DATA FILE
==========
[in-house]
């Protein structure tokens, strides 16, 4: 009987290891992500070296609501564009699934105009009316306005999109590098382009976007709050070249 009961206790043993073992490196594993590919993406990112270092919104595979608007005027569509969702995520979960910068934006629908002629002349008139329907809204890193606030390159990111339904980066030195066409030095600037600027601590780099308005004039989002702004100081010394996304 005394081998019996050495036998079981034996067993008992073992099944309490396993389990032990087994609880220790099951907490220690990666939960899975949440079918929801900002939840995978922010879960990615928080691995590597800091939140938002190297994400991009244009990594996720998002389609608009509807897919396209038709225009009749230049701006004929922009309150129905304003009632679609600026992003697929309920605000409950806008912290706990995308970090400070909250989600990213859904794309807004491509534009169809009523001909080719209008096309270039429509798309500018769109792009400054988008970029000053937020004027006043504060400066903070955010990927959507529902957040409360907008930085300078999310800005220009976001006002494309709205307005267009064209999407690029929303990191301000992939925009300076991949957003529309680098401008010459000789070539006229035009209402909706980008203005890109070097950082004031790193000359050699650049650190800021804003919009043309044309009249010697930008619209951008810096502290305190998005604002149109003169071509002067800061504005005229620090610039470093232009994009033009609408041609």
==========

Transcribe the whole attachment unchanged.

[in-house]
């Protein structure tokens, strides 16, 4: 009987290891992500070296609501564009699934105009009316306005999109590098382009976007709050070249 009961206790043993073992490196594993590919993406990112270092919104595979608007005027569509969702995520979960910068934006629908002629002349008139329907809204890193606030390159990111339904980066030195066409030095600037600027601590780099308005004039989002702004100081010394996304 005394081998019996050495036998079981034996067993008992073992099944309490396993389990032990087994609880220790099951907490220690990666939960899975949440079918929801900002939840995978922010879960990615928080691995590597800091939140938002190297994400991009244009990594996720998002389609608009509807897919396209038709225009009749230049701006004929922009309150129905304003009632679609600026992003697929309920605000409950806008912290706990995308970090400070909250989600990213859904794309807004491509534009169809009523001909080719209008096309270039429509798309500018769109792009400054988008970029000053937020004027006043504060400066903070955010990927959507529902957040409360907008930085300078999310800005220009976001006002494309709205307005267009064209999407690029929303990191301000992939925009300076991949957003529309680098401008010459000789070539006229035009209402909706980008203005890109070097950082004031790193000359050699650049650190800021804003919009043309044309009249010697930008619209951008810096502290305190998005604002149109003169071509002067800061504005005229620090610039470093232009994009033009609408041609």